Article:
You get the behaviour you design for. That’s a truism I encounter fairly regularly when working with organisations looking to become Lean and Agile. These organisations are typically looking to develop working climates that encourage creativity and participation.
And they’re speaking with us in the first place because they need to respond to the challenges of a fast-changing business environment.
And as we begin the process, and I review the current behaviours within an organisation, it can be a very awkward experience for both management and staff.
A key part of work culture development centres around trust.
When I go into an organization, the first question I ask is ‘are you trustworthy?’.
Trust is an inside job
Digging a bit, I usually hear about seemingly arbitrary layoffs and a lack of respectful communication between management and staff.
The transformation of an organisation to a high level of trust is directly affected by the behaviour that brought it to the current state.
If there is a high degree of suspicion between management and staff, that’s going to take some hard work to fix. Reviewing past history and finding out how trust was lost involves difficult conversations that are extremely valuable in getting to the root of the problems.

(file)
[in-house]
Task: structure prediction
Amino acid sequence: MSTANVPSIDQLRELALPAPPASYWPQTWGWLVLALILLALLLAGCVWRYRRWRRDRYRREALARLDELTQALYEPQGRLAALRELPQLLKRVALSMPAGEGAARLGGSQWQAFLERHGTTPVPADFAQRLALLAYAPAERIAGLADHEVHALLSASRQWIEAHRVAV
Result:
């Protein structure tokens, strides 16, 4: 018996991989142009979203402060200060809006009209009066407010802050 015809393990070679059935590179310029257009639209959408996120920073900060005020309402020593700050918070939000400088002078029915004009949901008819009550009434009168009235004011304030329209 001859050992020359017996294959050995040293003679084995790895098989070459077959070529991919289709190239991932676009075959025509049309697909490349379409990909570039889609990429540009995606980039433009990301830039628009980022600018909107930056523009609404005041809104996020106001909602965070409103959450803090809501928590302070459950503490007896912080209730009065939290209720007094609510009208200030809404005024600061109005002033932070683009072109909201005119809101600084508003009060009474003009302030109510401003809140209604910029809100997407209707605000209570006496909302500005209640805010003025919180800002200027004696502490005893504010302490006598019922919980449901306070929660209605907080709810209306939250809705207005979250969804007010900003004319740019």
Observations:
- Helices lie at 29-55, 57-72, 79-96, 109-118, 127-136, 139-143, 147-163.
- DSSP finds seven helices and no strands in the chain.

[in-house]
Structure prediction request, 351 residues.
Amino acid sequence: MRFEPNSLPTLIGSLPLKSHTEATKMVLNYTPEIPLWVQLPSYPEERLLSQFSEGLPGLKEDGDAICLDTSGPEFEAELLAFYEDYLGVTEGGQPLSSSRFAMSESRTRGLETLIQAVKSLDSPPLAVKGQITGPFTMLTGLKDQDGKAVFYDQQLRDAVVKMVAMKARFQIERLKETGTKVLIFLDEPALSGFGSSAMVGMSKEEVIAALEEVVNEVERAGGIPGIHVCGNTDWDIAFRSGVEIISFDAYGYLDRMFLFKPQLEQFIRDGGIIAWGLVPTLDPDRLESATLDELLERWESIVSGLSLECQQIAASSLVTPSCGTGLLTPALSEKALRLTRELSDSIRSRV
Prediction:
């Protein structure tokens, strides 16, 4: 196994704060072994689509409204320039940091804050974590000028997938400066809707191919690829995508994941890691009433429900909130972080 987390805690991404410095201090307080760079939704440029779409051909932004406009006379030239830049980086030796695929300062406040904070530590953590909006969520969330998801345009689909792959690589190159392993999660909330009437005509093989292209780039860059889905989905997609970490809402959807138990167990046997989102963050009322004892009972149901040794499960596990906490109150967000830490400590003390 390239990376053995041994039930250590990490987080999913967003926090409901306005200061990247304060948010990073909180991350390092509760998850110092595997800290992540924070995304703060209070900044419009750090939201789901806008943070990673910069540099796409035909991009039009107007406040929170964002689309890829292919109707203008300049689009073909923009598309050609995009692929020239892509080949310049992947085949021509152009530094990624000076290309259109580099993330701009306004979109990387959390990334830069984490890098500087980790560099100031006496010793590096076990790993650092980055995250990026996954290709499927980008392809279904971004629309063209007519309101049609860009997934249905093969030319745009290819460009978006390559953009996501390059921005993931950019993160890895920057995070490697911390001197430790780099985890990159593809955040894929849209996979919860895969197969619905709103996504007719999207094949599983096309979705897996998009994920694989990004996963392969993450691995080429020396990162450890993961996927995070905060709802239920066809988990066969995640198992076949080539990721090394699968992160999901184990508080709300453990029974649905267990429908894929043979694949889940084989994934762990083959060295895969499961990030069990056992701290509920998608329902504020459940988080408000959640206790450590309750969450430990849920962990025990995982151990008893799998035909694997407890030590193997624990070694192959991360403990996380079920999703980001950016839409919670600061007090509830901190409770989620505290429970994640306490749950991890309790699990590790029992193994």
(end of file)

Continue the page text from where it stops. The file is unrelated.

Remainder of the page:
In essence these conversations become the de facto building blocks for the new work culture.
To that end, I usually set out a timetable for developing a ‘Trust Strategy’ :establishing a new starting point to move on from after we clean up the way we look at the past.
In Lean and Agile, the’ taboo’ transformation not spoken about, but nonetheless essential, is the transformation of the relationships between employees and customers and employee and managers. Designing for the willing contribution of staff to engage with customers and managers is just the start of the trust strategy.
Post transformation, those still struggling to adapt will learn fairly quickly from their peers. Lean and Agile empowers staff to address behaviour that does not contribute to the well being and creativity of the organization.
If it's been a rough past, it's going to be an equally tough challenge to go Lean and Agile. It’s difficult. But then again, nothing worth doing is ever easy.
The payoff is considerable. Management gets a staff both creative and engaged in the work of the company. And, crucially, they become a company able to prosper in the new economy.
If you see your organisation in this post and would like to talk more about creating a culture for Lean and Agile thinking people, then please be in touch.